Cross-References

Bibliography

  1. Alfriend K, Vadali S, Gurfil P, How J, Breger L (2010) Spacecraft formation flying. Elsevier, Amsterdam/Boston/LondonGoogle Scholar
  2. Ankersen F (2011) Guidance, navigation, control and relative dynamics for spacecraft proximity maneuvers. Aalborg University, Denmark. ISBN:978-87-92328-72-4Google Scholar
  3. Bryson A (1999) Control of spacecraft and aircraft. Princeton University Press, PrincetonGoogle Scholar
  4. Clohessy W, Wiltshire R (1960) Terminal guidance system for satellite rendezvous. J Aerosp Sci 27(9):653–658CrossRefzbMATHGoogle Scholar
  5. Cornford S (2012) Evaluating a fractionated spacecraft system: a business case tool for DARPA’s F6 program. In: Aerospace conference, Big Sky. IEEE, Big Sky, MT, pp 1–20Google Scholar
  6. D’Errico M (2012) Distributed space missions for earth system monitoring. Springer, New YorkGoogle Scholar
  7. ESA Handbook (2011) ESA pointing error engineering handbook. European Space Agency. http://peet.estec.esa.int
  8. Falcoz A, Watt M, Yu M, Kron A, Menon P, Bates D, Ankersen F, Massotti L (2013) Integrated control and structure design framework for spacecraft applied to BIOMASS satellite. In: 19th IFAC conference on automatic control in aerospace, Würzburg, Germany, 2–6 Sept 2013Google Scholar
  9. Fehse W (2003) Automated rendezvous and docking of spacecraft. Cambridge University Press, Cambridge/New YorkCrossRefGoogle Scholar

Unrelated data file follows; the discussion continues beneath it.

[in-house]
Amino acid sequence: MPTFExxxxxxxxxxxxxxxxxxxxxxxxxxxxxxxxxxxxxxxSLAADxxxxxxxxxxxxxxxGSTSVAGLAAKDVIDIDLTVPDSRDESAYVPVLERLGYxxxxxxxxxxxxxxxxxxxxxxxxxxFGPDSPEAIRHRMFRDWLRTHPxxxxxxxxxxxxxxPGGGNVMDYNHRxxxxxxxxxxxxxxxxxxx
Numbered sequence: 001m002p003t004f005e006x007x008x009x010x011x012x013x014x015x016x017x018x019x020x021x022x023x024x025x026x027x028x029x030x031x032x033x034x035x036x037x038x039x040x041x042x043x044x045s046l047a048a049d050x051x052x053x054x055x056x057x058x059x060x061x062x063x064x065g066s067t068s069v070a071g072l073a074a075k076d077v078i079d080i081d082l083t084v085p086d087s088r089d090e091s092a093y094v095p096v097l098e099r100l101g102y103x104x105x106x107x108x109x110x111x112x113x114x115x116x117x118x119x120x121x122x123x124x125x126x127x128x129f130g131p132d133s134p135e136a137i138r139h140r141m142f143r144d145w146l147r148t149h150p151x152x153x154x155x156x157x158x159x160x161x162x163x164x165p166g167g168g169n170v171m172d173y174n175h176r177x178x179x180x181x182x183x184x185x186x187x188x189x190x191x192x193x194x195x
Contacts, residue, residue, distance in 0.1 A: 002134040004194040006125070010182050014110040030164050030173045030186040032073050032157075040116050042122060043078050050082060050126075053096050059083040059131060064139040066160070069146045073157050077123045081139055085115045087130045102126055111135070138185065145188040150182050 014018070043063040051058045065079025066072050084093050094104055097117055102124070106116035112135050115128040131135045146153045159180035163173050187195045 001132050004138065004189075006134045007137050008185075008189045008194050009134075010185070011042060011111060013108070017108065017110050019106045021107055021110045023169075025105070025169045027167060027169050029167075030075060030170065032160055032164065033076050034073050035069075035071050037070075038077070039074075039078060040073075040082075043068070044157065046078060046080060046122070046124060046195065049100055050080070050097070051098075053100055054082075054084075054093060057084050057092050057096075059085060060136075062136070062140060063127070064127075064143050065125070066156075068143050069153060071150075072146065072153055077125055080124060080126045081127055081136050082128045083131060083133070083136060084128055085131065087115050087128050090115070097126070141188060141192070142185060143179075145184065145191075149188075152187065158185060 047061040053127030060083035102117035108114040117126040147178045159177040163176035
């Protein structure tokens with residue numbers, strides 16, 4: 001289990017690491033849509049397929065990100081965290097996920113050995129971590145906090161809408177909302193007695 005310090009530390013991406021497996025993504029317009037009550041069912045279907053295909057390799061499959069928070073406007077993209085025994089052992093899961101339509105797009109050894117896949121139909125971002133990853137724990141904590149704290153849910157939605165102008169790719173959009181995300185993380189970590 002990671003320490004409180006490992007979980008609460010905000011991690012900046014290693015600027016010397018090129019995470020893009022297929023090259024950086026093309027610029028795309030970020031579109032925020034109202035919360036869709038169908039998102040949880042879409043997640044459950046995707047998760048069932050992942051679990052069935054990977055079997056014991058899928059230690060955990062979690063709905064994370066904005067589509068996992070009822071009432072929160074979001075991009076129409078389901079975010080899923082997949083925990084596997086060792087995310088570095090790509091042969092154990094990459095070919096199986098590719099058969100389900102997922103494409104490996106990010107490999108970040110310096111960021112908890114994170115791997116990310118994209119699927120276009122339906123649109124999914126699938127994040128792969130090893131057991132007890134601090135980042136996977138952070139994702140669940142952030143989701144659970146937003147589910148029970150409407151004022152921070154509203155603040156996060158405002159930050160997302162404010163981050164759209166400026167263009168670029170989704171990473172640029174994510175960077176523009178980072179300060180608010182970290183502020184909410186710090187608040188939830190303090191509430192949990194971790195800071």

10. Hughes P (1986) Spacecraft attitude dynamics. Wiley, New YorkGoogle Scholar
  11. Kaplan M (1976) Modern spacecraft dynamics & control. Wiley, New YorkGoogle Scholar
  12. Ogata K (1970) Modern control engineering. Prentice-Hall, Englewood CliffsGoogle Scholar
  13. Sidi M (2000) Spacecraft dynamics and control: a practical engineering approach. Cambridge University Press, CambridgeGoogle Scholar
  14. Skogestad S, Postlethwaite I (1996) Multivariable feedback control. Wiley, Chichester/New YorkGoogle Scholar
  15. Wertz J (1980) Spacecraft attitude determination and control. Kluwer, DordrechtGoogle Scholar
  16. Wie B (1998) Space vehicle dynamics and control. American Institute of Aeronautics and Astronautics, RestonGoogle Scholar
  17. Yamanaka K, Ankersen F (2002) New state transfer matrix for relative motion on an arbitrary elliptical orbit. J Guid Control Dyn 25(1):60–66CrossRefGoogle Scholar

Copyright information

© Springer-Verlag London 2014

Authors and Affiliations

  1. 1.European Space AgencyNoordwijkThe Netherlands